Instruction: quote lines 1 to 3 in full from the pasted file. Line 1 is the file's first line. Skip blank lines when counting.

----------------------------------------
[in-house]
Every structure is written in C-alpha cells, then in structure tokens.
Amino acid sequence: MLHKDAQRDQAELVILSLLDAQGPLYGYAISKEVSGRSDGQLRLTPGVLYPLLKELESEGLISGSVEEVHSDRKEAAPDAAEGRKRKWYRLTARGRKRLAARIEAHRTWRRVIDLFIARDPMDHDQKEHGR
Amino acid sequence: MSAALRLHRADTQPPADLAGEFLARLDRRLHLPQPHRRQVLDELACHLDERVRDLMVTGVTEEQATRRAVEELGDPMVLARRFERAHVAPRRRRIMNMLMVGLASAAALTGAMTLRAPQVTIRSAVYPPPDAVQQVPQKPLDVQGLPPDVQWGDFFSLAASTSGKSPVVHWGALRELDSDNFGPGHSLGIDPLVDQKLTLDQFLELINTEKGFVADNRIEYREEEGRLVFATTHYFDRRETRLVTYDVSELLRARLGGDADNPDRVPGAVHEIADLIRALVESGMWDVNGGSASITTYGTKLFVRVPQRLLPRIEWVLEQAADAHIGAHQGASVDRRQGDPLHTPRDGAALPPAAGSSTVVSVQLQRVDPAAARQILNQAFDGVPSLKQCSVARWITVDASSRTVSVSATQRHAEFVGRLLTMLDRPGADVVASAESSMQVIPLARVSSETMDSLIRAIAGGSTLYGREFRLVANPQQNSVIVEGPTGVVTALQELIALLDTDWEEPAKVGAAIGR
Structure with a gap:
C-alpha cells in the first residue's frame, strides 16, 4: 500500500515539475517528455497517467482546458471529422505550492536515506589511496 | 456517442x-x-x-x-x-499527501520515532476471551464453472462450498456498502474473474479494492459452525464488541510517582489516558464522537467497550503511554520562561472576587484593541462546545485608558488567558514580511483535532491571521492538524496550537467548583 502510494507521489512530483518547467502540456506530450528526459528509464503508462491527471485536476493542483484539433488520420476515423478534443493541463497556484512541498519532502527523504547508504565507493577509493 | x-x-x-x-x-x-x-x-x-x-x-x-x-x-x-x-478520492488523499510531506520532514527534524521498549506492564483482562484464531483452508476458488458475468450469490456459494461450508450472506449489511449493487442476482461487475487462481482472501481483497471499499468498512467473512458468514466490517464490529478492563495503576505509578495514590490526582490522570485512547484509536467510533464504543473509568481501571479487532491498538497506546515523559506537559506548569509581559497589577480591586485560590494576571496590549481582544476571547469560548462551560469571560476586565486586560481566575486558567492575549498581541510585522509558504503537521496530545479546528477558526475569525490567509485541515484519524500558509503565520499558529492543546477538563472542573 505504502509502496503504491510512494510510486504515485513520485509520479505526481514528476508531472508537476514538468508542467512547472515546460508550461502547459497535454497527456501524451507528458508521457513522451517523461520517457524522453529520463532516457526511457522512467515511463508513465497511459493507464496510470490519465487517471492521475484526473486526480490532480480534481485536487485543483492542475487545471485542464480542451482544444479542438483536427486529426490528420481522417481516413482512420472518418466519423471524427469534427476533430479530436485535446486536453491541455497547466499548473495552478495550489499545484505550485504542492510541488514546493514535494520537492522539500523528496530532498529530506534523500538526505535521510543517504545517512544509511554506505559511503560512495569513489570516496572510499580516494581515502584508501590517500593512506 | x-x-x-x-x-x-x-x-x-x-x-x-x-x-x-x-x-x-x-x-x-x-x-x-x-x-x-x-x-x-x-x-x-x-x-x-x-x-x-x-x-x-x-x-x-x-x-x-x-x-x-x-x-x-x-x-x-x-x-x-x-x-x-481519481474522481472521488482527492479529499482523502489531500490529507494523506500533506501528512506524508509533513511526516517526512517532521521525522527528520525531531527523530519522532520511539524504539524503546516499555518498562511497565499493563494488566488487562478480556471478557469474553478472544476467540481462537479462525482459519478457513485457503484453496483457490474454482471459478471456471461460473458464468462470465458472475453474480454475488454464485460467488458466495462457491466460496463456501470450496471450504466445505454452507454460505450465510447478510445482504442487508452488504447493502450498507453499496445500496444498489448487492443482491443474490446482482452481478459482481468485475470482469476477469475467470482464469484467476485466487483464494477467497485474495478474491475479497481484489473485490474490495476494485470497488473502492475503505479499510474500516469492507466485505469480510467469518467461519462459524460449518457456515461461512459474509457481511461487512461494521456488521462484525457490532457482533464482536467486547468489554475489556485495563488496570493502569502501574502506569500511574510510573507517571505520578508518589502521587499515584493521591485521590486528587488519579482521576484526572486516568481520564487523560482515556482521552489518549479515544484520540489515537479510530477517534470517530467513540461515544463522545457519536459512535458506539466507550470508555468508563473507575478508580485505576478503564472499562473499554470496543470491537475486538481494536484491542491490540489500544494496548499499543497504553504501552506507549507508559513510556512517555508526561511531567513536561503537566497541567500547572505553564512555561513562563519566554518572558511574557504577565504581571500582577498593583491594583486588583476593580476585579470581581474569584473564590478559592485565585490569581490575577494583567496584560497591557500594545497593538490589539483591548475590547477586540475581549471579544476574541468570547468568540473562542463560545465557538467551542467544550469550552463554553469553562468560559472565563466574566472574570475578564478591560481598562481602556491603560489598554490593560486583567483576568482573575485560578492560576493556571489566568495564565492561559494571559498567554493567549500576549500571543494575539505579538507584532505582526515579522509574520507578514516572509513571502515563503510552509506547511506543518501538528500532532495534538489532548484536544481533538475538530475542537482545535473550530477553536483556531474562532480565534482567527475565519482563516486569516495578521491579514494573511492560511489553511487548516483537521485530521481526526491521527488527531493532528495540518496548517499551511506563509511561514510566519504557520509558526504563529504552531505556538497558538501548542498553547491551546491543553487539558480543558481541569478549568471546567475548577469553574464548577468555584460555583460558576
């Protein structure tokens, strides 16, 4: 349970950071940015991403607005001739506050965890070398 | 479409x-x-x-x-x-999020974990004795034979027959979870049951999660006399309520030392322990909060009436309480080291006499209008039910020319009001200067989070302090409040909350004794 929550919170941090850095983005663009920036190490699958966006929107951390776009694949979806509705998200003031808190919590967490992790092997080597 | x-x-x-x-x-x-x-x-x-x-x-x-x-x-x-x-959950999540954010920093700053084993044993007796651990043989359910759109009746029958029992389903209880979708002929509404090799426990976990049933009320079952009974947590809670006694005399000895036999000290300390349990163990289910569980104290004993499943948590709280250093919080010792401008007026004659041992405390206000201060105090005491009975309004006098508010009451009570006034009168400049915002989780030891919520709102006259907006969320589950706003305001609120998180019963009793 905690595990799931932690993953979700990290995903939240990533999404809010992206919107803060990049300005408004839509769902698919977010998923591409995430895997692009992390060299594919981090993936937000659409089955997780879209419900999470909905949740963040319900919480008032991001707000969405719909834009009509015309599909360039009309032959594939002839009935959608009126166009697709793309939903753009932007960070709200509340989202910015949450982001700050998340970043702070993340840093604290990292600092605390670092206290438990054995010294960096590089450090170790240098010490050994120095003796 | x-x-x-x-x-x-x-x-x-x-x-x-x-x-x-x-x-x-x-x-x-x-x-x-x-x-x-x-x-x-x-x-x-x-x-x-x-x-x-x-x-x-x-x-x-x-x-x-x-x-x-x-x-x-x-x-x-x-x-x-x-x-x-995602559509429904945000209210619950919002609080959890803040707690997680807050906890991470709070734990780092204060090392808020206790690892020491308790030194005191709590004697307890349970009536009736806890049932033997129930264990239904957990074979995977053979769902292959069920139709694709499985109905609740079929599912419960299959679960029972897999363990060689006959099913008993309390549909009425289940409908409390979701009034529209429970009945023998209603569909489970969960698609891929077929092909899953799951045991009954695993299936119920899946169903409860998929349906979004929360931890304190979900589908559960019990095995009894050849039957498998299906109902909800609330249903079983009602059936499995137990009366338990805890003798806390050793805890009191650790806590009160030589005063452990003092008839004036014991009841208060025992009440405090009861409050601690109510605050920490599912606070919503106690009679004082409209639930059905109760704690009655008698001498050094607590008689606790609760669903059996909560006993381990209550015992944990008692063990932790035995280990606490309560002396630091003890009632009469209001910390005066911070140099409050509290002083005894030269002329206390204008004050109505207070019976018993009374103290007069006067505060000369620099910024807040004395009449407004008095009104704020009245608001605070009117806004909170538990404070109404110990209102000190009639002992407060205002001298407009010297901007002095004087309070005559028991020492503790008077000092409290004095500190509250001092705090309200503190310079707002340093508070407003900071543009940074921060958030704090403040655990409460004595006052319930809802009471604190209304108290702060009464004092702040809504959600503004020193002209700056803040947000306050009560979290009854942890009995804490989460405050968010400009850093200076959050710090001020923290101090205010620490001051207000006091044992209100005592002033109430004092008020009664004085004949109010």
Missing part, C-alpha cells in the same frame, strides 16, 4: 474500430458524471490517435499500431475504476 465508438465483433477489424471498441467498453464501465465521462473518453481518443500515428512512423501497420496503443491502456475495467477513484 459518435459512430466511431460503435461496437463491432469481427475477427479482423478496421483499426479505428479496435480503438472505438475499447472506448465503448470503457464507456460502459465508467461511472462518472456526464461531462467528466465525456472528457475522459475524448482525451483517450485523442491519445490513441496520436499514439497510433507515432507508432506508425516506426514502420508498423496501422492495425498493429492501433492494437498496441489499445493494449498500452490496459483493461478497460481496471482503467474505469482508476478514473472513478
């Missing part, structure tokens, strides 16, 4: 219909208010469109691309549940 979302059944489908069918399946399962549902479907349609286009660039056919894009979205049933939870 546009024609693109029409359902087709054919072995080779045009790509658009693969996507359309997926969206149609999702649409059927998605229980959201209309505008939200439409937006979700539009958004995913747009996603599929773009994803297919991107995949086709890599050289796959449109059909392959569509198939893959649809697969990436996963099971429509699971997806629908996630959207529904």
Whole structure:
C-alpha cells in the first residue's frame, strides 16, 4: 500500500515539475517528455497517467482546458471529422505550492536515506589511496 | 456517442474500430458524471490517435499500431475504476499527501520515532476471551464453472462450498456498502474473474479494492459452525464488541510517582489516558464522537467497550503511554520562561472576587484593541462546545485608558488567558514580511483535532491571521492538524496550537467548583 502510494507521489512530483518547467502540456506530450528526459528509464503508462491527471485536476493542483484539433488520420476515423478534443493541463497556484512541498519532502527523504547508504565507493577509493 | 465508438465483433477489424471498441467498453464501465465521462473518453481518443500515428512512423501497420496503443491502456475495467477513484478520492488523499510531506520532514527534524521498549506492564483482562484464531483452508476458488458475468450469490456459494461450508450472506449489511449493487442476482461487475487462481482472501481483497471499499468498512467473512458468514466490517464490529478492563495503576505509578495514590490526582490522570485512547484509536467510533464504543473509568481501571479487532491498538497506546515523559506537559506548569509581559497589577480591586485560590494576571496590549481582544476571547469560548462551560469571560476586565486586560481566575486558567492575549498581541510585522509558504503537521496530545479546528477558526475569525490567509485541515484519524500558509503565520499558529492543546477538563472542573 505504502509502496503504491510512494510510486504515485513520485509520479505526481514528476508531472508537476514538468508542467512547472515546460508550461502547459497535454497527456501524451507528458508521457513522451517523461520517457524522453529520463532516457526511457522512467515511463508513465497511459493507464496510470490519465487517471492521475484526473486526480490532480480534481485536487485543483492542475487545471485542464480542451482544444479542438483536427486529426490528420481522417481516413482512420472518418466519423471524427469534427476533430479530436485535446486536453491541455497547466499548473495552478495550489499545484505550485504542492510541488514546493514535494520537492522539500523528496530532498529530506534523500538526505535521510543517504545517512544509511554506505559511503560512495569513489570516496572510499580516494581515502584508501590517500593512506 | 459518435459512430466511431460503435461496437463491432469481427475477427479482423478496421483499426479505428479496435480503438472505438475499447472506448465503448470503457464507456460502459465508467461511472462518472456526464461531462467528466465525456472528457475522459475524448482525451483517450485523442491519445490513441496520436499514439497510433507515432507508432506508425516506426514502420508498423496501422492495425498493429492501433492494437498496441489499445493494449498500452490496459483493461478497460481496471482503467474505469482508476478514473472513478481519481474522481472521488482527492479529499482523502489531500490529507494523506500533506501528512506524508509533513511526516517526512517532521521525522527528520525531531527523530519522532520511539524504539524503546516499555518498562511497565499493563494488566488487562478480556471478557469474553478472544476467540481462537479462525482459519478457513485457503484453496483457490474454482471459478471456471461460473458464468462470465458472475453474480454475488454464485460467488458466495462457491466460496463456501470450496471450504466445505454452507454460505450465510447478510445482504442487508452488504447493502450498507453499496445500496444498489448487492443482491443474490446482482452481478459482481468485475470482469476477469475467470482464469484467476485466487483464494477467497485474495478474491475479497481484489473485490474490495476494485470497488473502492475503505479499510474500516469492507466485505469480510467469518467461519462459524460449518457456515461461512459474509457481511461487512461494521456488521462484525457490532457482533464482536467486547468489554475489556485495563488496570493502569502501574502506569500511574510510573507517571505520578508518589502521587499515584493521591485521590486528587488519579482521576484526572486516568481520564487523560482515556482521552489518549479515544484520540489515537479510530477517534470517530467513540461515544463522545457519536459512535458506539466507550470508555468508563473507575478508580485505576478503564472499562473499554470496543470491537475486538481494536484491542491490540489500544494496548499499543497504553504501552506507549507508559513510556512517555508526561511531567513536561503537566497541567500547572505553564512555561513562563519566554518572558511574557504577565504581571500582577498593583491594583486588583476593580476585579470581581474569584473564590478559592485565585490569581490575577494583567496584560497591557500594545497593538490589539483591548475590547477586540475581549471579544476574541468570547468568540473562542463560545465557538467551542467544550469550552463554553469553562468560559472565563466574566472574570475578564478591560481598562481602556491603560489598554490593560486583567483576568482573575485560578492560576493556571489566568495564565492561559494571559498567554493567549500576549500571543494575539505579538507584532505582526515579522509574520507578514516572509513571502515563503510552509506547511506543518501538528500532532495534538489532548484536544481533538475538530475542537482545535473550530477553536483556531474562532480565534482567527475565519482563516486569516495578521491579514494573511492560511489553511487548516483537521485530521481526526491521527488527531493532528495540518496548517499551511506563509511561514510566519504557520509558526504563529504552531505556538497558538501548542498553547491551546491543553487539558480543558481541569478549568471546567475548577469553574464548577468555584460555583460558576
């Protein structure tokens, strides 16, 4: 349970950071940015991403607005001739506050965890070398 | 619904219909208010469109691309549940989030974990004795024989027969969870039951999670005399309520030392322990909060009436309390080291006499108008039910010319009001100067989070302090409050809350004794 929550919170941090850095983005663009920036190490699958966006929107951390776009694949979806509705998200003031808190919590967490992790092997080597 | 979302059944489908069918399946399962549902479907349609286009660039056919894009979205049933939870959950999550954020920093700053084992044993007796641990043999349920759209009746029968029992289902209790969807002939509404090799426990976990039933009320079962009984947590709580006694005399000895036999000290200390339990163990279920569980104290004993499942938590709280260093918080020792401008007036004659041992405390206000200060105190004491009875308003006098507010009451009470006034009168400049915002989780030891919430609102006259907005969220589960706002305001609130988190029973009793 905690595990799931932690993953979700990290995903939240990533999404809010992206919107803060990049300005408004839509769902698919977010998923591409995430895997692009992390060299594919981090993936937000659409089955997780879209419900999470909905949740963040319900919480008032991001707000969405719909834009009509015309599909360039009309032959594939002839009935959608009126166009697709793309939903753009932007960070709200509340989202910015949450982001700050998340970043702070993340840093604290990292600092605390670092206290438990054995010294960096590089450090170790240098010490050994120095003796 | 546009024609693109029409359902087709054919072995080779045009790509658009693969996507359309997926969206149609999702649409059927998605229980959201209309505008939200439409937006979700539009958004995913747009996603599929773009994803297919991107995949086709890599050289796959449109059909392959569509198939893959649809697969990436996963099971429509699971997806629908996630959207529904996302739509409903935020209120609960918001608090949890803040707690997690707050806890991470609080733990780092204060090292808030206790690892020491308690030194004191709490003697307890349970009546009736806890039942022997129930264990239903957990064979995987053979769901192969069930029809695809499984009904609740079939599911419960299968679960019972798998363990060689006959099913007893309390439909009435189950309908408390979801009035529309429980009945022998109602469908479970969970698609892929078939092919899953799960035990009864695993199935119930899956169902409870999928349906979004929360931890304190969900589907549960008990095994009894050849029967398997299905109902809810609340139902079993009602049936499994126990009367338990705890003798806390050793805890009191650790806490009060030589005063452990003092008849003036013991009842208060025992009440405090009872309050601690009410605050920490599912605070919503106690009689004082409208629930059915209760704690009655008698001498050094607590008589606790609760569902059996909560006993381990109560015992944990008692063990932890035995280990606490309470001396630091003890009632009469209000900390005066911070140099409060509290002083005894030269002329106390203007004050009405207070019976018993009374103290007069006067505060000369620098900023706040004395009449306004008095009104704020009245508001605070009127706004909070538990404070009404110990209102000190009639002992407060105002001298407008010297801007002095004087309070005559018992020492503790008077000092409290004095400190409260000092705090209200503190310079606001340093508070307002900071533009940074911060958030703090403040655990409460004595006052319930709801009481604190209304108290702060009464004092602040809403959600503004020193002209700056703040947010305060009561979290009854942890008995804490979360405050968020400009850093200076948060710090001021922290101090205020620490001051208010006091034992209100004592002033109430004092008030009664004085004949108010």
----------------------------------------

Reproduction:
[in-house]
Every structure is written in C-alpha cells, then in structure tokens.
Amino acid sequence: MLHKDAQRDQAELVILSLLDAQGPLYGYAISKEVSGRSDGQLRLTPGVLYPLLKELESEGLISGSVEEVHSDRKEAAPDAAEGRKRKWYRLTARGRKRLAARIEAHRTWRRVIDLFIARDPMDHDQKEHGR